Like with many things in life, preparation is 80% of the path towards success.
Many German tutors as well as German learners believe that the student should be practicing speaking right away. But what they do not seem to notice is that this expectation puts a lot of pressure on the students.
Not only is it THE most demanding skill to master, and therefore simply overwhelming for almost every student if not done properly, it also comes with a lot of psychological baggage. Putting this to the beginning of the learning process is a fatal mistake which costs many learners a lot of energy and at times also self esteem.
Speaking simply requires careful and thorough preparation. Free speaking is simply off the table for the first few months.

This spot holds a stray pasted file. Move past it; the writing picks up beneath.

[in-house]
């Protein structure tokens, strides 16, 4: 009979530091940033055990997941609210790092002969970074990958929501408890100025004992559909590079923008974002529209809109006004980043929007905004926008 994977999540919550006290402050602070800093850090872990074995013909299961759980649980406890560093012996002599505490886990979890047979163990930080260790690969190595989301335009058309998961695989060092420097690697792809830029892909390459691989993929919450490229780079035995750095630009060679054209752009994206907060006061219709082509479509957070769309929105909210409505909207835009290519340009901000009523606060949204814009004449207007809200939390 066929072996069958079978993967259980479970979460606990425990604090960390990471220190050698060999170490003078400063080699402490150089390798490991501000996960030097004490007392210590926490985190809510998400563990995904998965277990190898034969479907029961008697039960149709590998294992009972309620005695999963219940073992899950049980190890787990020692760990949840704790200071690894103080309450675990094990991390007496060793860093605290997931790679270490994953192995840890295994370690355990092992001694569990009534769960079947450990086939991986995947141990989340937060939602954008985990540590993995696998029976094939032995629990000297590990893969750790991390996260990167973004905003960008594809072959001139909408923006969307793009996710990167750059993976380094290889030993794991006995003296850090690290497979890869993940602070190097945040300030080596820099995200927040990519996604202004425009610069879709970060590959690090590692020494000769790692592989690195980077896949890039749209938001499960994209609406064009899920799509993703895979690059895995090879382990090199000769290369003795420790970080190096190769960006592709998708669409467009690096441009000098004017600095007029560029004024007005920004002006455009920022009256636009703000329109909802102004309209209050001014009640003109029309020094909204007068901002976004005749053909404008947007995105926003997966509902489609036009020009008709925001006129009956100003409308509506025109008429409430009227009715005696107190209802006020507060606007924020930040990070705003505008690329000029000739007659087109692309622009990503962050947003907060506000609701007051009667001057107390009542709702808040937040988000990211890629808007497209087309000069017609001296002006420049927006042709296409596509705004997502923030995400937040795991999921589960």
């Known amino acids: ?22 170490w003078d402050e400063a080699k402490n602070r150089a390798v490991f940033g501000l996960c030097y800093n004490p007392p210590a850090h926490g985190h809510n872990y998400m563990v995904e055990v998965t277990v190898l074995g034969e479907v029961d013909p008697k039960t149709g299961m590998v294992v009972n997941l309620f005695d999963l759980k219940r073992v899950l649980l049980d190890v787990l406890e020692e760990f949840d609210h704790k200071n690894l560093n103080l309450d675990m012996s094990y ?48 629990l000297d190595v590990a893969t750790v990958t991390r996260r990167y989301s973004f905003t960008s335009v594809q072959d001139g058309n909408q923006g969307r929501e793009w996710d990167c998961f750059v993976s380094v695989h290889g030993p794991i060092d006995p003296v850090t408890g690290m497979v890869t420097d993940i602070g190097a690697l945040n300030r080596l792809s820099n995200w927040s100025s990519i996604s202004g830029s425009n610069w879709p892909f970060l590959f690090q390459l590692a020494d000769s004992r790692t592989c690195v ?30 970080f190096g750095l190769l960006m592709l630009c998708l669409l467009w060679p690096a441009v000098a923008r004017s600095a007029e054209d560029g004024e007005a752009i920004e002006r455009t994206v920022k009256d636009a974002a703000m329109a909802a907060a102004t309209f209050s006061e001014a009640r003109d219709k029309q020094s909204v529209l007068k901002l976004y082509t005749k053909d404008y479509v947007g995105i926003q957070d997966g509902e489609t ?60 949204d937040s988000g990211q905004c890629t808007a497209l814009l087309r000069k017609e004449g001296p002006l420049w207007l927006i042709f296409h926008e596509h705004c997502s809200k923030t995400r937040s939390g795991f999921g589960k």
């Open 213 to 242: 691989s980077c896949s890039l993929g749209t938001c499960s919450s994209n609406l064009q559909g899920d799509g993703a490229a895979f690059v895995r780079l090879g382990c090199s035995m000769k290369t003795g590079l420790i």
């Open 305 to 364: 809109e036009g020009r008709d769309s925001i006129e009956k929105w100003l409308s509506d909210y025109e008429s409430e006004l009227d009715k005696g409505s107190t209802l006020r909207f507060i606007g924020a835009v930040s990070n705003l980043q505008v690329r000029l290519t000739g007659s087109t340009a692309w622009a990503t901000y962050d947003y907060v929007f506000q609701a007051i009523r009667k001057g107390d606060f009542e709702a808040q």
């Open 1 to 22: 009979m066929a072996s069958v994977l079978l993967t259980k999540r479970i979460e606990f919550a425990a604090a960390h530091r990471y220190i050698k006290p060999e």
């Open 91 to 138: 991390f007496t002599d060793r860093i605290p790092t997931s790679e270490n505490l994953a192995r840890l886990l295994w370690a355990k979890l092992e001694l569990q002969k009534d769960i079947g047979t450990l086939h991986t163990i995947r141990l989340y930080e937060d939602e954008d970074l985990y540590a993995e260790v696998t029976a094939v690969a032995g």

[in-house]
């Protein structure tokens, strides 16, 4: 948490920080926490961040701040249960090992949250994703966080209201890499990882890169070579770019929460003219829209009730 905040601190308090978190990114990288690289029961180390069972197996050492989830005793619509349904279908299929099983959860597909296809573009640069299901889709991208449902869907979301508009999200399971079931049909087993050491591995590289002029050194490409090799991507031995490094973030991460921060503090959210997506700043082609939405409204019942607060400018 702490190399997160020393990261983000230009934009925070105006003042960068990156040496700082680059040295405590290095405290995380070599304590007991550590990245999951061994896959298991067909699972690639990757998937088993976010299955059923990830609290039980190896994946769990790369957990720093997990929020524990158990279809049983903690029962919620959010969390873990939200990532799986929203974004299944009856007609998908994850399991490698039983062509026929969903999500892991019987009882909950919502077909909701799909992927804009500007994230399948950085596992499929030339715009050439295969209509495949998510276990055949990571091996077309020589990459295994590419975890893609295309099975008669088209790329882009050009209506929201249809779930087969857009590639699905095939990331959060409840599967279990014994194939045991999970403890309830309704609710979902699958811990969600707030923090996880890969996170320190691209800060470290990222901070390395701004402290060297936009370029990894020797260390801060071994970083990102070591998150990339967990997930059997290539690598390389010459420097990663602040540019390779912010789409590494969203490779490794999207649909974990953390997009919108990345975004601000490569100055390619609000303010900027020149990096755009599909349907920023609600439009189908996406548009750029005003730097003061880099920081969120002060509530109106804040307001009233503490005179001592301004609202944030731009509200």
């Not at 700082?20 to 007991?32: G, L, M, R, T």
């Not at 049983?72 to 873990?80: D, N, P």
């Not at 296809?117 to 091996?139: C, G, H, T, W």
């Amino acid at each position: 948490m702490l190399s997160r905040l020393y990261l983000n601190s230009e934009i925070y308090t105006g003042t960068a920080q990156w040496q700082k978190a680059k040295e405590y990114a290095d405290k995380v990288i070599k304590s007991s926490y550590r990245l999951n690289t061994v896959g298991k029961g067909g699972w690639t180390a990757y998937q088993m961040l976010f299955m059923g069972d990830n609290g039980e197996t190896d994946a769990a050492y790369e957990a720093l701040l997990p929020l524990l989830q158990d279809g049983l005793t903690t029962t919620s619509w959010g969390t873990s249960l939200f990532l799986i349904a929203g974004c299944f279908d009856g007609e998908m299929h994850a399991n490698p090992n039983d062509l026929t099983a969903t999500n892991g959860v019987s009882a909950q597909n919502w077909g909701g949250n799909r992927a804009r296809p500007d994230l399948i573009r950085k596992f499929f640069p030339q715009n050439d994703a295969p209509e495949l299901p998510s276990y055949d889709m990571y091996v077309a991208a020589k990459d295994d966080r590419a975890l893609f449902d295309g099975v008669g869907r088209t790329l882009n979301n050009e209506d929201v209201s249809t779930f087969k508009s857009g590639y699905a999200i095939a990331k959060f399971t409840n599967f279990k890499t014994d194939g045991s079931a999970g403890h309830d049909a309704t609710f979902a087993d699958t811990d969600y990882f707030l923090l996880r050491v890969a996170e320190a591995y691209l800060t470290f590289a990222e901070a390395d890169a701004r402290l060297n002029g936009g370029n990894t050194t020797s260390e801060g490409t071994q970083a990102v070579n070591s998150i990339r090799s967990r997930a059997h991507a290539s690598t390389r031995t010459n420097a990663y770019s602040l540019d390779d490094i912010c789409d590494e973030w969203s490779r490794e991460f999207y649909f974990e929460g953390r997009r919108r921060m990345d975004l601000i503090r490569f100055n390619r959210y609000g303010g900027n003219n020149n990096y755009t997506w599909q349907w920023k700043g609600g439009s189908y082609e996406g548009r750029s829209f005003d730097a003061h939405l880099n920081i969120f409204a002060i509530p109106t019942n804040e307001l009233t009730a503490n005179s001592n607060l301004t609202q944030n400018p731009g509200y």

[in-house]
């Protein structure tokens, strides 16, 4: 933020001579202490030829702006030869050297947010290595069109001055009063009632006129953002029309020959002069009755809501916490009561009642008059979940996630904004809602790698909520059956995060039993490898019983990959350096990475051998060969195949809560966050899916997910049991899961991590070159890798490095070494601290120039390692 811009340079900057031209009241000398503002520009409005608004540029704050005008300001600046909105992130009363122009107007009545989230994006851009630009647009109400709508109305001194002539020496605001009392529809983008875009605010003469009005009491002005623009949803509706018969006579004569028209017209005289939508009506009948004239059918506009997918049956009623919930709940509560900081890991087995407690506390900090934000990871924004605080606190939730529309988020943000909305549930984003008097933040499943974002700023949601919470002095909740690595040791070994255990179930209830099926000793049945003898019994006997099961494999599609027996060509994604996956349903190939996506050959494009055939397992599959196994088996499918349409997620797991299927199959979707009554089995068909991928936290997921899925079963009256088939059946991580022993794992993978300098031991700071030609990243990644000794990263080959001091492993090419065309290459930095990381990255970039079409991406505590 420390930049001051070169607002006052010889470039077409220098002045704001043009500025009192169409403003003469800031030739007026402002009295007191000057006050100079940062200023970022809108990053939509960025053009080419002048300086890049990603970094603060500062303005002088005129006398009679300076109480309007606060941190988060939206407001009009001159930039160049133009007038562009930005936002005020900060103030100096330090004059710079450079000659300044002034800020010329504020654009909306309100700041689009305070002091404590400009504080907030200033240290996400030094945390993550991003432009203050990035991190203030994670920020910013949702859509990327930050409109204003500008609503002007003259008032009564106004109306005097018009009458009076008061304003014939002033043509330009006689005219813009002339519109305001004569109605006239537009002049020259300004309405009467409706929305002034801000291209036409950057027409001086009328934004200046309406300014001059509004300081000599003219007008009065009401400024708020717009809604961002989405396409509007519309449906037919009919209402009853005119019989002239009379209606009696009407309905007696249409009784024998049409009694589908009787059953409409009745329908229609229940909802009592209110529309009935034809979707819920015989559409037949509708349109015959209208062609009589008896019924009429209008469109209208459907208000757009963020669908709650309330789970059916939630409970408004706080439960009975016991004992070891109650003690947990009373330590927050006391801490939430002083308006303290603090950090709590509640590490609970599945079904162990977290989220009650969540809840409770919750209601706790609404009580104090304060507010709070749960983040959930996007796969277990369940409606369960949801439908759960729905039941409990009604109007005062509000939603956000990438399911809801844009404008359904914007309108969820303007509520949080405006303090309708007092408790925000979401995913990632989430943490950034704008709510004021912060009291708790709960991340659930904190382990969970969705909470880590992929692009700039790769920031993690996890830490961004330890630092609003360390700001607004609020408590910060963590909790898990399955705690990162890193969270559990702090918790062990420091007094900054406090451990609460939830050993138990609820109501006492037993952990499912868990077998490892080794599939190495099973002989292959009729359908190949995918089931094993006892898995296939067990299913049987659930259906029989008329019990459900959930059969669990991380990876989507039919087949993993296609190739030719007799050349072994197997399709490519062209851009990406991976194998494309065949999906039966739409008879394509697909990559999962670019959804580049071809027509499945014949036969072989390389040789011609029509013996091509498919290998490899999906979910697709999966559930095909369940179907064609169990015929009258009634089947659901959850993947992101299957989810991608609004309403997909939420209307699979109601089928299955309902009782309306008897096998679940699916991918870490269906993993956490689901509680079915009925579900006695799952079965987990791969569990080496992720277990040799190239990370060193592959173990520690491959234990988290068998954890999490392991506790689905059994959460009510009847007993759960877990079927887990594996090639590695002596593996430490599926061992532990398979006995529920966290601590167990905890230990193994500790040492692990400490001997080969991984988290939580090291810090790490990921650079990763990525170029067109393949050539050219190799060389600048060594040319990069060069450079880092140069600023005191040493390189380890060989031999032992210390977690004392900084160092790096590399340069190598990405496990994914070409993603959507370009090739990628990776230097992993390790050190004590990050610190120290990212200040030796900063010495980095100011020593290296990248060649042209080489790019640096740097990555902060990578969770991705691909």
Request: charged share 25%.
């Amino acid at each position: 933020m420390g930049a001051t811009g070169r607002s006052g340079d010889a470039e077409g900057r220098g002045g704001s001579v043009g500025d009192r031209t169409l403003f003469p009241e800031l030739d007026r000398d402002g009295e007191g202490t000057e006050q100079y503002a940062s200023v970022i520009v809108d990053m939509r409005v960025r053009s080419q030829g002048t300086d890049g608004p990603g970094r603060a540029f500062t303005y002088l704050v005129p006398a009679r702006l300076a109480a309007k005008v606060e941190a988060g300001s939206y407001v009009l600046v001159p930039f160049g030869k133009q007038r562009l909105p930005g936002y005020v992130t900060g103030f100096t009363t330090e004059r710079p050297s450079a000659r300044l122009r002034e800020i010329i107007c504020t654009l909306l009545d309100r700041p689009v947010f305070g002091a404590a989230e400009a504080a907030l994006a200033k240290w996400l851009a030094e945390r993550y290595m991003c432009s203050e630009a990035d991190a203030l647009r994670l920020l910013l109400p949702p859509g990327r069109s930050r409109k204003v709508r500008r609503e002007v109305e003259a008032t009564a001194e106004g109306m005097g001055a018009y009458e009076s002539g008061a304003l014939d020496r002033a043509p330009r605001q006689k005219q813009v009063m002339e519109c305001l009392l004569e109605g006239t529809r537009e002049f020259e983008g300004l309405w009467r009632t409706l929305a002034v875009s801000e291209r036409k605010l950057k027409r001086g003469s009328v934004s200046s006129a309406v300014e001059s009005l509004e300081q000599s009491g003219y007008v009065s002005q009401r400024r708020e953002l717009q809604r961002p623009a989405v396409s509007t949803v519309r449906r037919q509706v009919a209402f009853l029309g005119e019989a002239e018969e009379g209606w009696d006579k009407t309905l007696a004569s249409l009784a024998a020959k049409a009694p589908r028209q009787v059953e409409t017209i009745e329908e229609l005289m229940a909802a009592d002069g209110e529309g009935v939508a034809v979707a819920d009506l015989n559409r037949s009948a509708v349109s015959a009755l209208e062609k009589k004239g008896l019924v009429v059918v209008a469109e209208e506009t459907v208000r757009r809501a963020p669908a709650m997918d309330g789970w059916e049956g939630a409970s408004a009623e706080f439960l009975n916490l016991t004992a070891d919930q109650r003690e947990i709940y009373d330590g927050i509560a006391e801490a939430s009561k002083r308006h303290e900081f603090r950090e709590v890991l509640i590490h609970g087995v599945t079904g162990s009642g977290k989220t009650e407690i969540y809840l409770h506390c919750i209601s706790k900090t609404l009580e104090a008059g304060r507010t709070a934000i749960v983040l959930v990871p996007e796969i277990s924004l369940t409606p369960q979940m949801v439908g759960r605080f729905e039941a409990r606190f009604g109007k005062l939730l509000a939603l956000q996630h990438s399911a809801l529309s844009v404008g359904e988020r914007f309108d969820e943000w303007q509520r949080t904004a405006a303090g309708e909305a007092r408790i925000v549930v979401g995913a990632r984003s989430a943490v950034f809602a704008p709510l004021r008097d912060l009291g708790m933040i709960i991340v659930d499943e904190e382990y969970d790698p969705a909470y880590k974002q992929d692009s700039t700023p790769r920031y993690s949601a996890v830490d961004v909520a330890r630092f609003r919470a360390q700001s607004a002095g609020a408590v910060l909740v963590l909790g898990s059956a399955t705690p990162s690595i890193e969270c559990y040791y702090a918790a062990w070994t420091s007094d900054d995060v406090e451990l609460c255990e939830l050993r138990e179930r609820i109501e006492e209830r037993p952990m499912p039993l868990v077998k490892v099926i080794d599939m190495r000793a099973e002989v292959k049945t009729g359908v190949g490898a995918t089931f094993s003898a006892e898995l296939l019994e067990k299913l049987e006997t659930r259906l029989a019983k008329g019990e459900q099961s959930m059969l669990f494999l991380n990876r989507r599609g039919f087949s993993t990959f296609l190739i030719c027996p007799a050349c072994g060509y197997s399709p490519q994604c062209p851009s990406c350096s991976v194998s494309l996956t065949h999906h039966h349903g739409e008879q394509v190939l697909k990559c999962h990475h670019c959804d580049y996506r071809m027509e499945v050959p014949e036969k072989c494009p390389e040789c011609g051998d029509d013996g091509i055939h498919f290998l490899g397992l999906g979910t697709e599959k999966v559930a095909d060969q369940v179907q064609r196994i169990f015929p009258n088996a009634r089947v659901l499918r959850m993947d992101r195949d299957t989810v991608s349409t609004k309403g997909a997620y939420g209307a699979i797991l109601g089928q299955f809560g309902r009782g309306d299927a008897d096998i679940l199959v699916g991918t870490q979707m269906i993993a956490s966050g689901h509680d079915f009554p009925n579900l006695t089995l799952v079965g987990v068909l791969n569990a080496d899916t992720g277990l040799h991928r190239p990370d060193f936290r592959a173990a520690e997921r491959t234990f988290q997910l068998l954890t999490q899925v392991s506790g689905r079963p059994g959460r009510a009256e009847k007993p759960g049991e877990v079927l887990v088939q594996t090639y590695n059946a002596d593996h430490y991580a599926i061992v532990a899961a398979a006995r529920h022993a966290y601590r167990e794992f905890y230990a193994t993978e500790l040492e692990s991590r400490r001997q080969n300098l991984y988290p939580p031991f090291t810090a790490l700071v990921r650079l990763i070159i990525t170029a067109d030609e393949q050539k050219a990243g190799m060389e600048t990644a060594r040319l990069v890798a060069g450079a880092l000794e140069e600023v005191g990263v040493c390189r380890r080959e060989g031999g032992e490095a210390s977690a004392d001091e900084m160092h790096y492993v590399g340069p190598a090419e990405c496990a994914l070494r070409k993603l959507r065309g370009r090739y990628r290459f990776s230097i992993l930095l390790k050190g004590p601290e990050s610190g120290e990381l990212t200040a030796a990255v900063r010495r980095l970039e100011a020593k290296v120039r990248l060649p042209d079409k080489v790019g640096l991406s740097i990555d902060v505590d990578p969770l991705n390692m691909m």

That doesn’t mean that a learner can’t prepare for the great moment of having a real conversation in the real world. And that’s exactly what we are doing at smarterGerman. We support learners to prepare their speaking skills step by step so that they can cope with the demanding challenge of forming and pronouncing words and sentences with their mouths (and brains) that were trained for decades to do this process in a completely different language.
Imagine having learnt a job for 20 years and suddenly you are put into a different department of the same company and have to learn certain things and skills from scratch. You’ll very likely manage but it will take you time and that’s okay. The same is true for speaking.
It. Simply. Takes. Time. You can’t pull the grass to make it grow faster.
The first lesson of any of our main German online courses will already show you how you can prepare your speaking skills all by yourself with the help of beautifully simple tools freely available on the internet.
On top of that you’ll also internalize the German grammar so deeply that you’ll be able to speak proper (!) German without thinking of a single grammar rule.